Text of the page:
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This paper proposes a practical approach for automatic sleep stage classification based on a multi-level feature learning framework and Recurrent Neural Network (RNN) classifier using heart rate and wrist actigraphy derived from a wearable device. The feature learning framework is designed to extract low- and mid-level features. Low-level features capture temporal and frequency domain properties and mid-level features learn compositions and structural information of signals. Since sleep staging is a sequential problem with long-term dependencies, we take advantage of RNNs with Bidirectional Long Short-Term Memory (BLSTM) architectures for sequence data learning. To simulate the actual situation of daily sleep, experiments are conducted with a resting group in which sleep is recorded in resting state, and a comprehensive group in which both resting sleep and non-resting sleep are included.We evaluate the algorithm based on an eight-fold cross validation to classify five sleep stages (W, N1, N2, N3, and REM). The proposed algorithm achieves weighted precision, recall and F1 score of 58.0%, 60.3%, and 58.2% in the resting group and 58.5%, 61.1%, and 58.5% in the comprehensive group, respectively. Various comparison experiments demonstrate the effectiveness of feature learning and BLSTM. We further explore the influence of depth and width of RNNs on performance. Our method is specially proposed for wearable devices and is expected to be applicable for long-term sleep monitoring at home. Without using too much prior domain knowledge, our method has the potential to generalize sleep disorder detection.

* 11 pages, 10 figures
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Recently, autonomous driving development ignited competition among car makers and technical corporations. Low-level automation cars are already commercially available. But high automated vehicles where the vehicle drives by itself without human monitoring is still at infancy. Such autonomous vehicles (AVs) rely on the computing system in the car to to interpret the environment and make driving decisions. Therefore, computing system design is essential particularly in enhancing the attainment of driving safety. However, to our knowledge, no clear guideline exists so far regarding safety-aware AV computing system and architecture design. To understand the safety requirement of AV computing system, we performed a field study by running industrial Level-4 autonomous driving fleets in various locations, road conditions, and traffic patterns. The field study indicates that traditional computing system performance metrics, such as tail latency, average latency, maximum latency, and timeout, cannot fully satisfy the safety requirement for AV computing system design. To address this issue, we propose a `safety score' as a primary metric for measuring the level of safety in AV computing system design. Furthermore, we propose a perception latency model, which helps architects estimate the safety score of given architecture and system design without physically testing them in an AV. We demonstrate the use of our safety score and latency model, by developing and evaluating a safety-aware AV computing system computation hardware resource management scheme.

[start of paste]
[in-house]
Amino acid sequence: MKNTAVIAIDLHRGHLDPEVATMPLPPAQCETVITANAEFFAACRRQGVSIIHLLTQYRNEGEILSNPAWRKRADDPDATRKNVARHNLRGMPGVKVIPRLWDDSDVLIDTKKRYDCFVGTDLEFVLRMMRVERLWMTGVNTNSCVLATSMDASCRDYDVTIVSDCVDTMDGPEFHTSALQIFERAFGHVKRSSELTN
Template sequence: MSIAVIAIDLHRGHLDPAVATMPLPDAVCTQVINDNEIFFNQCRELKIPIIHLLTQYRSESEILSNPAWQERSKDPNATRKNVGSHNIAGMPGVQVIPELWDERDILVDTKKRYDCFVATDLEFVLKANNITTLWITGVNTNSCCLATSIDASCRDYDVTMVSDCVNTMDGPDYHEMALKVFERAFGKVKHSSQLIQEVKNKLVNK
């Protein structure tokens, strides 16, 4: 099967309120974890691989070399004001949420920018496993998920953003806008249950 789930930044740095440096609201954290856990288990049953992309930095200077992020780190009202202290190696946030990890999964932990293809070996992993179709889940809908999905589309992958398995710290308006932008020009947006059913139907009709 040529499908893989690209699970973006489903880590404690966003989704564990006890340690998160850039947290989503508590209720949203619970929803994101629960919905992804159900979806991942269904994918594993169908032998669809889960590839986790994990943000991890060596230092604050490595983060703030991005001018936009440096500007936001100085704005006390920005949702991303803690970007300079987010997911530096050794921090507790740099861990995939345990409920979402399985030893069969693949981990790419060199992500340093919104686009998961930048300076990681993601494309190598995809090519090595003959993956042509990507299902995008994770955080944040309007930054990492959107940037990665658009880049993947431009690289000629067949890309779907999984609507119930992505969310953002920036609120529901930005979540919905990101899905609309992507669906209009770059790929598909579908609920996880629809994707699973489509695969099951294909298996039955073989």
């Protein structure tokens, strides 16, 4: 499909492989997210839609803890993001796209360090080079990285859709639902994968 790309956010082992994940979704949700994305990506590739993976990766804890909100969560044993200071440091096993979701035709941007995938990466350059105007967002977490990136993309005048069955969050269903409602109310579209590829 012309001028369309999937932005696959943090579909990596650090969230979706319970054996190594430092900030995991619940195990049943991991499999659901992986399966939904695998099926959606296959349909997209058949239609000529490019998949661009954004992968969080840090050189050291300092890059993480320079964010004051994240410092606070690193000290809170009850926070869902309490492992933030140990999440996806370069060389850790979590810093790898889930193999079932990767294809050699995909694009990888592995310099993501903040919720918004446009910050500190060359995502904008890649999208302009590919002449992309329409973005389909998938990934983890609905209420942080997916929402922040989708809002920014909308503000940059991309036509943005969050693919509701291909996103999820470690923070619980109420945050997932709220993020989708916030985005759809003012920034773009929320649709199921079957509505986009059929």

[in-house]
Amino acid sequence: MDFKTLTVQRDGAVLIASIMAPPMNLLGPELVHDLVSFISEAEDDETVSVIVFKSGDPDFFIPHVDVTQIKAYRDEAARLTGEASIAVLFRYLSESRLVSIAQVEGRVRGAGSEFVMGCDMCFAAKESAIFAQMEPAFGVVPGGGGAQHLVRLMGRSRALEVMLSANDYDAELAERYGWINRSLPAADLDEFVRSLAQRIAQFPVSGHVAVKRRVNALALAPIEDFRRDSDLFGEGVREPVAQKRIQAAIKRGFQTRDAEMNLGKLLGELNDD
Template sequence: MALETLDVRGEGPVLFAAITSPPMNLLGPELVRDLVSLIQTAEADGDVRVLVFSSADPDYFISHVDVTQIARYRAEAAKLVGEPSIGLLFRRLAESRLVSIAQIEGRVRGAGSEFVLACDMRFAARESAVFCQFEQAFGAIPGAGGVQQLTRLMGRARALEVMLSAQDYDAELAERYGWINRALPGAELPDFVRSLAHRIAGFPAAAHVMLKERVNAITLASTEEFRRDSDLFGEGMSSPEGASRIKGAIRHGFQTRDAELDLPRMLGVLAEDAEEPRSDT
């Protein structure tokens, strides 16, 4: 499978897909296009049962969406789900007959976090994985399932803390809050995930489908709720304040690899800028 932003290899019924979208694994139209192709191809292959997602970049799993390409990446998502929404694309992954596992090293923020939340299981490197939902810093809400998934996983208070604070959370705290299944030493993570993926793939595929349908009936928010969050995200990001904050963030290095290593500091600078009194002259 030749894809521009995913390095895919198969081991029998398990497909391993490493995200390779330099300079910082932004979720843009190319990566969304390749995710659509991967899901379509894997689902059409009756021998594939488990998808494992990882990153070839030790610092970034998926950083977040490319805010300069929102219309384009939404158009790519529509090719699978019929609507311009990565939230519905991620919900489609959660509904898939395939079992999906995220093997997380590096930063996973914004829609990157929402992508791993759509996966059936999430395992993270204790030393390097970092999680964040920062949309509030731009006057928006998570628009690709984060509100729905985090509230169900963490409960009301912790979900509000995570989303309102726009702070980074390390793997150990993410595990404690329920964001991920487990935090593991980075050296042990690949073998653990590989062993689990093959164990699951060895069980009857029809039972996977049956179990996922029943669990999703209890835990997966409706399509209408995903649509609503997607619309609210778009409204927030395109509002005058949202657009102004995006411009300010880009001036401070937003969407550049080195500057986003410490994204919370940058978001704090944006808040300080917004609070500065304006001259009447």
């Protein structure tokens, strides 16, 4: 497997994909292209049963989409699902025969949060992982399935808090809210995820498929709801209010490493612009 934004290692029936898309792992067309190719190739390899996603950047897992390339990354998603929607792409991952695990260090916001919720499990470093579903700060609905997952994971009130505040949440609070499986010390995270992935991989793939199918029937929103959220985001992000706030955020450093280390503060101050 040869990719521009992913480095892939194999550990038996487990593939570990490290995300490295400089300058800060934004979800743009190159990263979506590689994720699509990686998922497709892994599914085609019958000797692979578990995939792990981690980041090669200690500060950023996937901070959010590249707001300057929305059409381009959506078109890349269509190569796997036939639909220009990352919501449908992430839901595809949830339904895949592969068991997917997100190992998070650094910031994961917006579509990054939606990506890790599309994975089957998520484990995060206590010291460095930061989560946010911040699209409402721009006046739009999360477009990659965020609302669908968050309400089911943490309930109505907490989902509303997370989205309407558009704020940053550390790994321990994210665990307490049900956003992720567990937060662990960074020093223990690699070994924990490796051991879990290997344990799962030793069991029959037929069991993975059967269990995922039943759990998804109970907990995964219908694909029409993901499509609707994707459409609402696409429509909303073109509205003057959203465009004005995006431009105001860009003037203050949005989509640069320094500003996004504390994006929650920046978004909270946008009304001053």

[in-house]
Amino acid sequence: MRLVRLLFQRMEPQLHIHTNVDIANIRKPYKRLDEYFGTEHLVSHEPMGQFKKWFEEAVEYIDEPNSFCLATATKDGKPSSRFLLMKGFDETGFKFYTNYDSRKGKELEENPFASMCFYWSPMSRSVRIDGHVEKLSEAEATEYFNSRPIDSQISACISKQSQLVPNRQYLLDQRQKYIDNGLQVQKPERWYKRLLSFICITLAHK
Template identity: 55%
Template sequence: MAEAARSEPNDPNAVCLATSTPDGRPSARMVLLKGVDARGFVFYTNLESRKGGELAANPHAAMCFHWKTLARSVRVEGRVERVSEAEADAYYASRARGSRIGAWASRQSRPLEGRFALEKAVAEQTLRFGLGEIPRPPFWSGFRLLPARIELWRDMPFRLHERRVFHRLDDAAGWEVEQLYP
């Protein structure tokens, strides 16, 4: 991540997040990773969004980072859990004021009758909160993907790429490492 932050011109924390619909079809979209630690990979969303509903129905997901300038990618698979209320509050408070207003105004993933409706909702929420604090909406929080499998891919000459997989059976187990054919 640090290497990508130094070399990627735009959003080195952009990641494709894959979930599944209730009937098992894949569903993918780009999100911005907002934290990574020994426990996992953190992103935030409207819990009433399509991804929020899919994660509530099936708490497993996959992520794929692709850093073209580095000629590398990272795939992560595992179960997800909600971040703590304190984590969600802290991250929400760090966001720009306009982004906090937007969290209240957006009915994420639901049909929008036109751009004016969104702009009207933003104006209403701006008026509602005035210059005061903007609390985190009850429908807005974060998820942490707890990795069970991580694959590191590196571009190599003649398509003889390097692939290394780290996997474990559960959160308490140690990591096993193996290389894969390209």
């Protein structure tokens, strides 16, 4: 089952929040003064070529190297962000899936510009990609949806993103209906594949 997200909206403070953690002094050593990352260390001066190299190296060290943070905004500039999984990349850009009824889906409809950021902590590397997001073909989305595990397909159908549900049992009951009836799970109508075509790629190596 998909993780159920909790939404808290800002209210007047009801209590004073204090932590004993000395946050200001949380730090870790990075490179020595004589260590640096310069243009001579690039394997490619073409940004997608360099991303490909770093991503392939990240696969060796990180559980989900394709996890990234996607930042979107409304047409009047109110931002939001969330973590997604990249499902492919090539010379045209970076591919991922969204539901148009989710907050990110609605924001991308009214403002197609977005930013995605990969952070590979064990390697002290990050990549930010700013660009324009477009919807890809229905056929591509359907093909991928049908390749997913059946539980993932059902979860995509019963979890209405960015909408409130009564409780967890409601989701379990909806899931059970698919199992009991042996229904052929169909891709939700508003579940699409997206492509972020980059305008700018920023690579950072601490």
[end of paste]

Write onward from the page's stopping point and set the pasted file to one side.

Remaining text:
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This paper proposes a multi-level feature learning framework for human action recognition using a single body-worn inertial sensor. The framework consists of three phases, respectively designed to analyze signal-based (low-level), components (mid-level) and semantic (high-level) information. Low-level features capture the time and frequency domain property while mid-level representations learn the composition of the action. The Max-margin Latent Pattern Learning (MLPL) method is proposed to learn high-level semantic descriptions of latent action patterns as the output of our framework. The proposed method achieves the state-of-the-art performances, 88.7%, 98.8% and 72.6% (weighted F1 score) respectively, on Skoda, WISDM and OPP datasets.

* Pervasive and Mobile Computing, Volume 40, September 2017, Pages 324-338
* 26 pages, 23 figures